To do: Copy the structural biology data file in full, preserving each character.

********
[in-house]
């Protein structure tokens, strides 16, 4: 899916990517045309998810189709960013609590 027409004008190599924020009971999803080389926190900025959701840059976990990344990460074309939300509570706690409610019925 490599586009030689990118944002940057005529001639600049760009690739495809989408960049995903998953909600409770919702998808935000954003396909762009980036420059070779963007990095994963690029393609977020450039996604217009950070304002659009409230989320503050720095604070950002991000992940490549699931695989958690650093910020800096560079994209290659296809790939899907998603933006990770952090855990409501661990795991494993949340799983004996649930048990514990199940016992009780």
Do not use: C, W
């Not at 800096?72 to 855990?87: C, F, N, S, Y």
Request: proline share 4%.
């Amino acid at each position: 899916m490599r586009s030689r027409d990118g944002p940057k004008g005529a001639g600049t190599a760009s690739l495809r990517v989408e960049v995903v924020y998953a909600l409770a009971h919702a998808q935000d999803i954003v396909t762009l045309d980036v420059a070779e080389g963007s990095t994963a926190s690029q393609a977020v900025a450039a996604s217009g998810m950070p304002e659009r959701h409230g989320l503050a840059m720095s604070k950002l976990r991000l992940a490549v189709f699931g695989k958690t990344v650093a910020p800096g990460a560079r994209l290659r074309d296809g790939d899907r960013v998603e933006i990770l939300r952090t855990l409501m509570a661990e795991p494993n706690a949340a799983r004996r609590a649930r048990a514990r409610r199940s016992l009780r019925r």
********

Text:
[in-house]
């Protein structure tokens, strides 16, 4: 899916990517045309998810189709960013609590 027409004008190599924020009971999803080389926190900025959701840059976990990344990460074309939300509570706690409610019925 490599586009030689990118944002940057005529001639600049760009690739495809989408960049995903998953909600409770919702998808935000954003396909762009980036420059070779963007990095994963690029393609977020450039996604217009950070304002659009409230989320503050720095604070950002991000992940490549699931695989958690650093910020800096560079994209290659296809790939899907998603933006990770952090855990409501661990795991494993949340799983004996649930048990514990199940016992009780």
Do not use: C, W
């Not at 800096?72 to 855990?87: C, F, N, S, Y």
Request: proline share 4%.
């Amino acid at each position: 899916m490599r586009s030689r027409d990118g944002p940057k004008g005529a001639g600049t190599a760009s690739l495809r990517v989408e960049v995903v924020y998953a909600l409770a009971h919702a998808q935000d999803i954003v396909t762009l045309d980036v420059a070779e080389g963007s990095t994963a926190s690029q393609a977020v900025a450039a996604s217009g998810m950070p304002e659009r959701h409230g989320l503050a840059m720095s604070k950002l976990r991000l992940a490549v189709f699931g695989k958690t990344v650093a910020p800096g990460a560079r994209l290659r074309d296809g790939d899907r960013v998603e933006i990770l939300r952090t855990l409501m509570a661990e795991p494993n706690a949340a799983r004996r609590a649930r048990a514990r409610r199940s016992l009780r019925r």